Debt collectors get reprieve on filing accounts for 2020
Debt collectors will get a break on reporting their accounts for 2020 because of the disruption caused by the Covid-19 pandemic last year, the House of Assembly heard.
But the Debt Collection Amendment Act 2021, despite using the word “exempt”, will not mean that collectors licensed in 2020 will never have to file last year’s audited financial statements with the Debt Collection Authority.
Walter Roban, the home affairs minister, assured MPs that auditors will still review debt collector’s books for 2020 “in any event” when the statements are filed this year.
He was responding to concerns flagged up by Scott Pearman of the One Bermuda Alliance, who said the legislation appeared to waive the requirement for collectors to report on last year.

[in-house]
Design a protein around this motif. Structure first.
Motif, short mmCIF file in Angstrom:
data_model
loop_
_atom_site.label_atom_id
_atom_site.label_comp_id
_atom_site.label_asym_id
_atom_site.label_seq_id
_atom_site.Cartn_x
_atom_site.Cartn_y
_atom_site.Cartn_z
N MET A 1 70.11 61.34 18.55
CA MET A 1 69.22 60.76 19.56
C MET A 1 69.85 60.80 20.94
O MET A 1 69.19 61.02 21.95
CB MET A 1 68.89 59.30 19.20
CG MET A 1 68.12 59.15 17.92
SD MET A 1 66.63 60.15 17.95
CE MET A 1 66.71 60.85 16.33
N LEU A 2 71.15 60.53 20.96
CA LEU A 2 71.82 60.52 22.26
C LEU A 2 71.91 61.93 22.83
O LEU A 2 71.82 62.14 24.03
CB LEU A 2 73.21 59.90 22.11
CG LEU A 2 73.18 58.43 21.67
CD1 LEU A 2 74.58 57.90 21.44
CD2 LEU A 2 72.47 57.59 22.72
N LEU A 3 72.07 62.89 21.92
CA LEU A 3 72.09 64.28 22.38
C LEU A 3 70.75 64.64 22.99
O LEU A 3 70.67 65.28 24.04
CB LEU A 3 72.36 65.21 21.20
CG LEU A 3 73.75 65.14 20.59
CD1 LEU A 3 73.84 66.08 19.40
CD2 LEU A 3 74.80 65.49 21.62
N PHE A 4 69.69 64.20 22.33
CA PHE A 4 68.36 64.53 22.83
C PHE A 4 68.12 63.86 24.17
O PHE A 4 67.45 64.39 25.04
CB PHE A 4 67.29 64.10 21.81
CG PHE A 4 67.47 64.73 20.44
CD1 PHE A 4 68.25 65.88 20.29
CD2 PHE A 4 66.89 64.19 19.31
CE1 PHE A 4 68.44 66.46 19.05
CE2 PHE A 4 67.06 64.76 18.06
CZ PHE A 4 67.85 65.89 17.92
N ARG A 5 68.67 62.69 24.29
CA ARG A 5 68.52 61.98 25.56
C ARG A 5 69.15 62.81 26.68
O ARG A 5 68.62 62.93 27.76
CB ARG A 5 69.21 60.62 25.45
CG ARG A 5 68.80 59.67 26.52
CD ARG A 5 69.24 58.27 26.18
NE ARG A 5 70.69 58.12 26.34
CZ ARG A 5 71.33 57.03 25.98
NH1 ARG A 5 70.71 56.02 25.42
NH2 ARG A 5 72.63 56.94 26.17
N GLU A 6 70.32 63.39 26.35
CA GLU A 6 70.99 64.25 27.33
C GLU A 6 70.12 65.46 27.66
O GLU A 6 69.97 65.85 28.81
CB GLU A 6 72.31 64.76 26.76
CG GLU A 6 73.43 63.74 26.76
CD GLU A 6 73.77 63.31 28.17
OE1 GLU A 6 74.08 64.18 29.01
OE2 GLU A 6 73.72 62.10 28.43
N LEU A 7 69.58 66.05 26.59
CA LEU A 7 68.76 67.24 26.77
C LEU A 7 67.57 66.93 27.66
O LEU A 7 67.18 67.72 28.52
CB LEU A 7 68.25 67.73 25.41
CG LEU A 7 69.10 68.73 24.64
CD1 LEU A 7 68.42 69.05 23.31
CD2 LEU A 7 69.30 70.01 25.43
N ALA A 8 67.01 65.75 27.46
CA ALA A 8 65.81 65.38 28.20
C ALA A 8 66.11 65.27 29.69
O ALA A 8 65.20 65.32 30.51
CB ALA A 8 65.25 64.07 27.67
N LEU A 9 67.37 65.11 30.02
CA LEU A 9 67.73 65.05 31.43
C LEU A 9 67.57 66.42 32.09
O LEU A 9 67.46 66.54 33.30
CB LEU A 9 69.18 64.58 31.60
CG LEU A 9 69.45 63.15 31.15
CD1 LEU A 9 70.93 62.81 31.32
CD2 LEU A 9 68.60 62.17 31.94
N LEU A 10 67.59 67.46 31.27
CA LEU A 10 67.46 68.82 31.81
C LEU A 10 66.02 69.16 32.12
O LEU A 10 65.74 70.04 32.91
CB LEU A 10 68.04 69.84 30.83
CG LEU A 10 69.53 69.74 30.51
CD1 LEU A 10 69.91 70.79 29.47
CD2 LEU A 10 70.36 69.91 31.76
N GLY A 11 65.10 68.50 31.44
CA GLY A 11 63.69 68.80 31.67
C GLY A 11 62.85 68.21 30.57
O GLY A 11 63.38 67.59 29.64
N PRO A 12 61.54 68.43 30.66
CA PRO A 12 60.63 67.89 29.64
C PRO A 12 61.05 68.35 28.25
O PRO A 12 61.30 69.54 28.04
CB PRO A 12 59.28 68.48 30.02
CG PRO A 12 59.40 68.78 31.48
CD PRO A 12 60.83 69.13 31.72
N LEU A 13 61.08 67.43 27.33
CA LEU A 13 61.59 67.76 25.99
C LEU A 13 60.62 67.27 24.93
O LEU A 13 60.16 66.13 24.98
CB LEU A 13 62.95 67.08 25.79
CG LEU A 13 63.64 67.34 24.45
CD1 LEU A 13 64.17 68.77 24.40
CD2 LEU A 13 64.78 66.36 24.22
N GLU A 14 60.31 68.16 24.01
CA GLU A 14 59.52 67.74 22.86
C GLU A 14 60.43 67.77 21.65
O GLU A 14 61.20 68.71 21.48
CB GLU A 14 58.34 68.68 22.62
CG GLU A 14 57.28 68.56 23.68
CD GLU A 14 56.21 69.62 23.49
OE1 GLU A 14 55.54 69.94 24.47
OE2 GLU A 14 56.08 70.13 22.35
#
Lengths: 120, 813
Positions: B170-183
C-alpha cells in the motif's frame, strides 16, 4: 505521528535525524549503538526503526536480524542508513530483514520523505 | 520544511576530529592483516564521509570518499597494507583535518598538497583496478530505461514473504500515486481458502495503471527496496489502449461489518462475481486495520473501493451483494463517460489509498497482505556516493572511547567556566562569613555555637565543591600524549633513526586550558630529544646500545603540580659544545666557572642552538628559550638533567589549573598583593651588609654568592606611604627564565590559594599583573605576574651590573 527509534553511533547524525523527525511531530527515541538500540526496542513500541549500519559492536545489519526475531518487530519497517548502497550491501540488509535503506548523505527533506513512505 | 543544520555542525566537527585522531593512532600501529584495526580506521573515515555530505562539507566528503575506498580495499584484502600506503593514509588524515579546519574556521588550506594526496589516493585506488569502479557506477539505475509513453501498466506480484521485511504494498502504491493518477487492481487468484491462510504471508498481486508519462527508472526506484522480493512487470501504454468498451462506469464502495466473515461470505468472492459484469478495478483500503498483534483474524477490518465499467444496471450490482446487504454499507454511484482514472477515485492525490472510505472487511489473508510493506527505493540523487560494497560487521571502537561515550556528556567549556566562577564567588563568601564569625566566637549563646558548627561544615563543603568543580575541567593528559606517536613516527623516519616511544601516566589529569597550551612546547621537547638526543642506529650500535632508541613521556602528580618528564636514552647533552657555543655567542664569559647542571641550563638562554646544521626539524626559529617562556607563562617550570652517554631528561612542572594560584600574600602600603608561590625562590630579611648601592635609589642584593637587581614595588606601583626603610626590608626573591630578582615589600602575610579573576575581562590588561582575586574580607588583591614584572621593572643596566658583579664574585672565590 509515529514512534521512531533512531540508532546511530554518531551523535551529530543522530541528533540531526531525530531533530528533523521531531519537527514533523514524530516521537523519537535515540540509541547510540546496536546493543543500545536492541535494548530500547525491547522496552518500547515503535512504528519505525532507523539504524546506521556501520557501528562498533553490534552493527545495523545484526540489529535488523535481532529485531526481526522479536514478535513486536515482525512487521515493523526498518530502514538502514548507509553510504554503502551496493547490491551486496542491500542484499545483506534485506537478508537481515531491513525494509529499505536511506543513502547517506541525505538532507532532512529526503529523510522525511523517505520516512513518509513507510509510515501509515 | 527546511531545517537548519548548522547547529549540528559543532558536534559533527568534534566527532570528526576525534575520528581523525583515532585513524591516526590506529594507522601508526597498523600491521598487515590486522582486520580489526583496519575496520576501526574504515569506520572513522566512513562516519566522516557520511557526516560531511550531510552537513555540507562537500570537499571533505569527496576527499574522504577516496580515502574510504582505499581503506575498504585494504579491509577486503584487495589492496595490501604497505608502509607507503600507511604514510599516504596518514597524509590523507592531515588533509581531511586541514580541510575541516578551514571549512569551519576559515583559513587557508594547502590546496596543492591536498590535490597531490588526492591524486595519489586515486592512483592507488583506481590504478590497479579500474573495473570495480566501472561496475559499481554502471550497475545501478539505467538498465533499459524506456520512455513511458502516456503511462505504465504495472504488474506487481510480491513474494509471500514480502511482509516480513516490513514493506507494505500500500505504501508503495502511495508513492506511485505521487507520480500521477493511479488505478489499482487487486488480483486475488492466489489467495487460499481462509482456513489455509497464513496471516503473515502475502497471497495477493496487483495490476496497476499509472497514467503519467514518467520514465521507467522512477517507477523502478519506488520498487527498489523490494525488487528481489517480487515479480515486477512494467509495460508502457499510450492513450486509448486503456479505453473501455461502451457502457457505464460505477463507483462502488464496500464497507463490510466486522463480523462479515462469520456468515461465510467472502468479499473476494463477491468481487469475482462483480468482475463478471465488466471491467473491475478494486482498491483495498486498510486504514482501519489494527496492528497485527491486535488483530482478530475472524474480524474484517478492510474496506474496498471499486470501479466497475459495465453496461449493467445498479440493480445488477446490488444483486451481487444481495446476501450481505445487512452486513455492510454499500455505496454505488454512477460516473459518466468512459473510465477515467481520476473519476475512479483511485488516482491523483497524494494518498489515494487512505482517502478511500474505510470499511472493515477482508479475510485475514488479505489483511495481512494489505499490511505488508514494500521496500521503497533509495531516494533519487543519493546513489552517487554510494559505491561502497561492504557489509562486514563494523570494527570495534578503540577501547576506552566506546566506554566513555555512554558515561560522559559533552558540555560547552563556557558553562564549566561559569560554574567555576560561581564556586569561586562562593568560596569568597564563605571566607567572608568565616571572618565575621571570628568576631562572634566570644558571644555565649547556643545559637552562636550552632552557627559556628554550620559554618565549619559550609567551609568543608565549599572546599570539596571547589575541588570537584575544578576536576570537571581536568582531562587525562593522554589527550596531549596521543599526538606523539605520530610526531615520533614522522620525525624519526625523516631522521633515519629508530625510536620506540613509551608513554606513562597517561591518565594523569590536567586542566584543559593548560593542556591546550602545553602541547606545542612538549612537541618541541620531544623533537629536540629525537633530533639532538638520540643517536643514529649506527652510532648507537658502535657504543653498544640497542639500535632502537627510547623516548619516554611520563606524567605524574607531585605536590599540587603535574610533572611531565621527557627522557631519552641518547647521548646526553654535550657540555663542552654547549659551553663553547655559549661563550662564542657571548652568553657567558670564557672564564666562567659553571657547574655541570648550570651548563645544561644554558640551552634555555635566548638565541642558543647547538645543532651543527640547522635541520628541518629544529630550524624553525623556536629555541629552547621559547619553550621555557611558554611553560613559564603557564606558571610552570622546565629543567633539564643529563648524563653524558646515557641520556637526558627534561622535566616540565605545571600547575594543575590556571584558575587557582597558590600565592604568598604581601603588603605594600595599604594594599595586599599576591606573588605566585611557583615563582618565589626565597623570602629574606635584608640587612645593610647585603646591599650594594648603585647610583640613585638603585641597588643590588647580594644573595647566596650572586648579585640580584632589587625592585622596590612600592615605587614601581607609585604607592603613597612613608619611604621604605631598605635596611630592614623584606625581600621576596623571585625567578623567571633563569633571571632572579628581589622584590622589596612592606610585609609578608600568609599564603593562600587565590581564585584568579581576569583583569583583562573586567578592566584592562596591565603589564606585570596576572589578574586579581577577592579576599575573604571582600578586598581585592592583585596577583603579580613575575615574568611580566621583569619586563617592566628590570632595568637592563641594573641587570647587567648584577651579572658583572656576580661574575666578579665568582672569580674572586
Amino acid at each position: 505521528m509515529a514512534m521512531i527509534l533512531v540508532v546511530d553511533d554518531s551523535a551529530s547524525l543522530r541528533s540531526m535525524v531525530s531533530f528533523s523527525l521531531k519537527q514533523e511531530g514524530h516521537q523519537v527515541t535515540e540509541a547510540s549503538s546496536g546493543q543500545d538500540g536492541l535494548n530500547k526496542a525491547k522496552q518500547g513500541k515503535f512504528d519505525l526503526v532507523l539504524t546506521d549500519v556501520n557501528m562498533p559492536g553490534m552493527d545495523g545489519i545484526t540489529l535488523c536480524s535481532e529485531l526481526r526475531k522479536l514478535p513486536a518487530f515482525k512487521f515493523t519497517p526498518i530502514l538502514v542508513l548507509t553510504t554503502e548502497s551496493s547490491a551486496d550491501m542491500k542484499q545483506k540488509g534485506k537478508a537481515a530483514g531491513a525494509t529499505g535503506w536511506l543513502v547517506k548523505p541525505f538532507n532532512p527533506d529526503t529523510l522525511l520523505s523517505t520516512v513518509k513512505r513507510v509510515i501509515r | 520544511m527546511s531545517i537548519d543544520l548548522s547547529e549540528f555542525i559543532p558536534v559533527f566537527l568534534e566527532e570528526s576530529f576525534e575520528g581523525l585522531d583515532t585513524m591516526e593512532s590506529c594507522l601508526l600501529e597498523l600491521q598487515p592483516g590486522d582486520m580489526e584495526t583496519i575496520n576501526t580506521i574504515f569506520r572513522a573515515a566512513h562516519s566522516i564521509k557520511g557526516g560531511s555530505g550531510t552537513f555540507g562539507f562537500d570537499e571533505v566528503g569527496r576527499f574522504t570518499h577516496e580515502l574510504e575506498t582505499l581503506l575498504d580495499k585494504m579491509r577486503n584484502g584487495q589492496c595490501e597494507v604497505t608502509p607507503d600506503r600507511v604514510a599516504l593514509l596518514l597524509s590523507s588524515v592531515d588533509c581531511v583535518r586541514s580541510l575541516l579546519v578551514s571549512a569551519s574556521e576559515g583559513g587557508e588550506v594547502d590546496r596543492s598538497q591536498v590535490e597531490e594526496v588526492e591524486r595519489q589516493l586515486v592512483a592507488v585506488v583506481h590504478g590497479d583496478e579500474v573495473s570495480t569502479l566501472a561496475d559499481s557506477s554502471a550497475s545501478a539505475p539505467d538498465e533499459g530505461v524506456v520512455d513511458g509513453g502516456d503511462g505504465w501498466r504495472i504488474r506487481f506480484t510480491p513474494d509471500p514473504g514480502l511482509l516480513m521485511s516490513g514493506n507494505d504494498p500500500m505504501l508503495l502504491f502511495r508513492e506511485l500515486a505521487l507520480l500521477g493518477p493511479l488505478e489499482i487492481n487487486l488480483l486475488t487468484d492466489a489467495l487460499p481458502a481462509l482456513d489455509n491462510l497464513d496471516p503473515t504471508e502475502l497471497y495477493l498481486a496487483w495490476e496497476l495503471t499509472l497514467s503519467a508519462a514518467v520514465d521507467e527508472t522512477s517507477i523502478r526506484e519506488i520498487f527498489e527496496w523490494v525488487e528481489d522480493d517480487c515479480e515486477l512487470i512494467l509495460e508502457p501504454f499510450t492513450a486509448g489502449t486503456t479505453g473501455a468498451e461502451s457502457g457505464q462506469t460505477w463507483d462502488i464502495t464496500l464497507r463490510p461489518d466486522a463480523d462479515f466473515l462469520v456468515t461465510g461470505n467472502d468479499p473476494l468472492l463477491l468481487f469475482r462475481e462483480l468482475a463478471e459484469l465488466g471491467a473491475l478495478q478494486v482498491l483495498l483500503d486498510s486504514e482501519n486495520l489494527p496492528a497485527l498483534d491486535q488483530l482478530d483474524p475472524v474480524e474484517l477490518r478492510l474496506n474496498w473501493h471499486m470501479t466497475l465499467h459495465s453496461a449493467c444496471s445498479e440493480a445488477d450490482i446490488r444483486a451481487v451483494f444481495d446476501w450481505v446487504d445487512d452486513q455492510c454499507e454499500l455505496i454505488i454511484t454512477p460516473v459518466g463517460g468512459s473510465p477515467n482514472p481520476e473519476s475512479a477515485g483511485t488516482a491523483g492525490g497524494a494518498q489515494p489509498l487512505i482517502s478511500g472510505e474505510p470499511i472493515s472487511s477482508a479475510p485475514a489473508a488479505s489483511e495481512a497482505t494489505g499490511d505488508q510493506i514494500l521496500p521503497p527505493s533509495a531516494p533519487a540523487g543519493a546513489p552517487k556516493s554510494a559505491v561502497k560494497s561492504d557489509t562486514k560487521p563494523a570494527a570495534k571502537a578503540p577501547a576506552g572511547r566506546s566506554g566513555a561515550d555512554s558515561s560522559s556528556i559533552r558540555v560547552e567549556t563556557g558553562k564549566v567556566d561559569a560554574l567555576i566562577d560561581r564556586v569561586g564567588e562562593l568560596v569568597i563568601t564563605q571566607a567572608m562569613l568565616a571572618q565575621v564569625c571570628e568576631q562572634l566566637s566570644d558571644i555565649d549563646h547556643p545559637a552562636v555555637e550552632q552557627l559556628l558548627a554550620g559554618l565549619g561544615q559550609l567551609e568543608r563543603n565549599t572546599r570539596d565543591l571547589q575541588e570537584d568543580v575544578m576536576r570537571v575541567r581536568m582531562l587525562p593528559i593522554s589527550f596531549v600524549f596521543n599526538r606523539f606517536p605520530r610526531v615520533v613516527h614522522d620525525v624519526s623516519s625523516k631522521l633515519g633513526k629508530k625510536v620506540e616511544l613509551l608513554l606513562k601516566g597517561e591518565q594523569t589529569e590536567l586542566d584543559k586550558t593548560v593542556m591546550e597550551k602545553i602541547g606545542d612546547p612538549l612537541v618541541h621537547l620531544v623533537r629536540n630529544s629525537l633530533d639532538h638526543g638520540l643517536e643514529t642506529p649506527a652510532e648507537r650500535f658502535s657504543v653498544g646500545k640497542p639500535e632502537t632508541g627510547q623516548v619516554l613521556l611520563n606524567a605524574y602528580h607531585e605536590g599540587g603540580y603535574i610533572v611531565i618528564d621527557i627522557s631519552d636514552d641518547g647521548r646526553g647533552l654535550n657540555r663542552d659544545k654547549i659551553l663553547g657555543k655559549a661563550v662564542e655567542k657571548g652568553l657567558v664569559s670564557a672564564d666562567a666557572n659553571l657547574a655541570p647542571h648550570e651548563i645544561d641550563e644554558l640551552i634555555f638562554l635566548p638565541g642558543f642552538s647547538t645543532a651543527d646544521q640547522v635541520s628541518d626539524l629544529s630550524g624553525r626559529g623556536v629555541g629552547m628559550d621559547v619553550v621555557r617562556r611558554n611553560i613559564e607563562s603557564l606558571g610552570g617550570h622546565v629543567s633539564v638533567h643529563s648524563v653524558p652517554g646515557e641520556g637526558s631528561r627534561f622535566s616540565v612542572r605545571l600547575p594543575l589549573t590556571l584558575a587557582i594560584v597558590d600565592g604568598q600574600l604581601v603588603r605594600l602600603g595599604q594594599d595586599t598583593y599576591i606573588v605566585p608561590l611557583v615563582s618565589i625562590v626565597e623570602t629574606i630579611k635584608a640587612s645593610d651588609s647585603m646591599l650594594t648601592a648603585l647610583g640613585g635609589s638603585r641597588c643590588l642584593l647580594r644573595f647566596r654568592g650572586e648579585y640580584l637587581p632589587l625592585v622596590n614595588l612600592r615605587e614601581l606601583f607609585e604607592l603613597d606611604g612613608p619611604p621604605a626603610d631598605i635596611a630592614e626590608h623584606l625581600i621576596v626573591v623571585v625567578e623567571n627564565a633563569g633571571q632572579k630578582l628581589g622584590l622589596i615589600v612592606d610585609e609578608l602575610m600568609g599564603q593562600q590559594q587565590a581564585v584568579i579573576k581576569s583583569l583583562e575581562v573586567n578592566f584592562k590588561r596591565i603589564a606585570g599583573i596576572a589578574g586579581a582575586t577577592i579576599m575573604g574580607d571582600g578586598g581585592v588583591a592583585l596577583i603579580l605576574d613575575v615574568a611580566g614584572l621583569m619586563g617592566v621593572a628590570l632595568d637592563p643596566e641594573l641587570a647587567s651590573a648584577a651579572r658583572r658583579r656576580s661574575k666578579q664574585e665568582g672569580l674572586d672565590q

Mr Roban said the Act, which was approved last night in the House, took into account that the shelter-in-place restrictions imposed last year against Covid-19 meant that new licences for debt collectors were not issued until the third and fourth quarters of 2020.
The minister added that collectors licensed last year would simply “be given more time” to get their books in order.
The legislation also grants the minister discretion to extend debt collectors’ date of submission of audited annual financial statements to the Debt Collection Authority by a period not to exceed six months.